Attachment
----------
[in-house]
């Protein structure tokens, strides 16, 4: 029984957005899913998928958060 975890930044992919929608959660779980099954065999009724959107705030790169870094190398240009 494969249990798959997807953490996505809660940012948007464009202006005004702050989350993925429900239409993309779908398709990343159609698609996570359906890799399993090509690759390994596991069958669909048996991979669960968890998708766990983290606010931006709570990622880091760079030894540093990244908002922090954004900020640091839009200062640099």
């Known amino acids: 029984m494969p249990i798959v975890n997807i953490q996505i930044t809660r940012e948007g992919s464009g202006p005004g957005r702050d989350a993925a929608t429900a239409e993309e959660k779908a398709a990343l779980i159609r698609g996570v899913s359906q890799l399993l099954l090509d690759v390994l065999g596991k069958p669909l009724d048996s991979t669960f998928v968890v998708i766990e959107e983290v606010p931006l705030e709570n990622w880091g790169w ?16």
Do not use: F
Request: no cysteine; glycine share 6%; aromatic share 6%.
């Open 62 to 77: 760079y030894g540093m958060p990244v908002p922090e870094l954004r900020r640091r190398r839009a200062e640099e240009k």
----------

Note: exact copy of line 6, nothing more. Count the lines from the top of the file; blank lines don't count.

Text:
């Open 62 to 77: 760079y030894g540093m958060p990244v908002p922090e870094l954004r900020r640091r190398r839009a200062e640099e240009k």